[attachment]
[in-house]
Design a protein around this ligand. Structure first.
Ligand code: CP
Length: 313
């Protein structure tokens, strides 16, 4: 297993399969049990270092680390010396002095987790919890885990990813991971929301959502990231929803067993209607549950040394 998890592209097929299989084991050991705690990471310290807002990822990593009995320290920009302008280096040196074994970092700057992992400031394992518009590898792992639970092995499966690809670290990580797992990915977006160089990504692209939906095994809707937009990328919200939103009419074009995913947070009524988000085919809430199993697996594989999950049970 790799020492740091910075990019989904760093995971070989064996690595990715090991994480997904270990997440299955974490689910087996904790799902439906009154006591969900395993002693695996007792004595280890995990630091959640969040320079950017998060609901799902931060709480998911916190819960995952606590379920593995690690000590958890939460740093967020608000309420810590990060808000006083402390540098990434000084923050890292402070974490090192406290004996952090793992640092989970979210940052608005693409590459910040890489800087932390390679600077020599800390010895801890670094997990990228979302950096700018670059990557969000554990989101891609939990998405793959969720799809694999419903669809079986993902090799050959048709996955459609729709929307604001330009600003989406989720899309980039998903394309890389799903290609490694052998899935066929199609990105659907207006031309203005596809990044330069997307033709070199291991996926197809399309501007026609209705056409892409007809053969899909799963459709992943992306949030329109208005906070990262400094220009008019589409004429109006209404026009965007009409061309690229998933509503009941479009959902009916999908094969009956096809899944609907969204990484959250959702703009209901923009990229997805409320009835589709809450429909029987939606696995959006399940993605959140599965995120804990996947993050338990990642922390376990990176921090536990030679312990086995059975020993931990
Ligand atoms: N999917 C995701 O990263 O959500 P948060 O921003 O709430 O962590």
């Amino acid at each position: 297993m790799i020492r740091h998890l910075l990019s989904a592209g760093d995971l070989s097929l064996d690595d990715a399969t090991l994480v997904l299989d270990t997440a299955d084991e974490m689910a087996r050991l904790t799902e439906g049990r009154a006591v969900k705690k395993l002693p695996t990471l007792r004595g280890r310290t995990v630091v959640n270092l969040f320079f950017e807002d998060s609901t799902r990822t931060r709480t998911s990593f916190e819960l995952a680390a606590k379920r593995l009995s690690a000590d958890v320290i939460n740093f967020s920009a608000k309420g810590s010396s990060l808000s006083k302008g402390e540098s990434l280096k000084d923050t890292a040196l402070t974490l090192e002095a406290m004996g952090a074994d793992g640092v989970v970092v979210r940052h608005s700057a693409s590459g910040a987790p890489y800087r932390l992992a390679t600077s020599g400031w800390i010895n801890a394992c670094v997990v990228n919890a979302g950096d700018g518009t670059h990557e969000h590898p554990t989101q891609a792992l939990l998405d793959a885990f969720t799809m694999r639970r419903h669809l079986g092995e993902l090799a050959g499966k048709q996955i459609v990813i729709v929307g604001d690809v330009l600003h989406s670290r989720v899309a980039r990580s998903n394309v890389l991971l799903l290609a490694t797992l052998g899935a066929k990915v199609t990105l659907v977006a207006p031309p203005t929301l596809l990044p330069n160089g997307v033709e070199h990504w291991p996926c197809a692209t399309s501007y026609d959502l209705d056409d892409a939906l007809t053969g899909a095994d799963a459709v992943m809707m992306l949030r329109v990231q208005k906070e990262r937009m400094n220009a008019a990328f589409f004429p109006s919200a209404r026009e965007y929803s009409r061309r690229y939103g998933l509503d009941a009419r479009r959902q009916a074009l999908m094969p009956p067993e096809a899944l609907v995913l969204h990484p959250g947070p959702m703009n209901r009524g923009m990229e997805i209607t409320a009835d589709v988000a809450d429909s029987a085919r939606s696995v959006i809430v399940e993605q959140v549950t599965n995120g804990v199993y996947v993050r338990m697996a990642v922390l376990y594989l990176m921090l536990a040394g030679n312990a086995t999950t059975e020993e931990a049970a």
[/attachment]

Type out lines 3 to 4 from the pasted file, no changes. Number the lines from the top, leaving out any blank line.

Ligand code: CP
Length: 313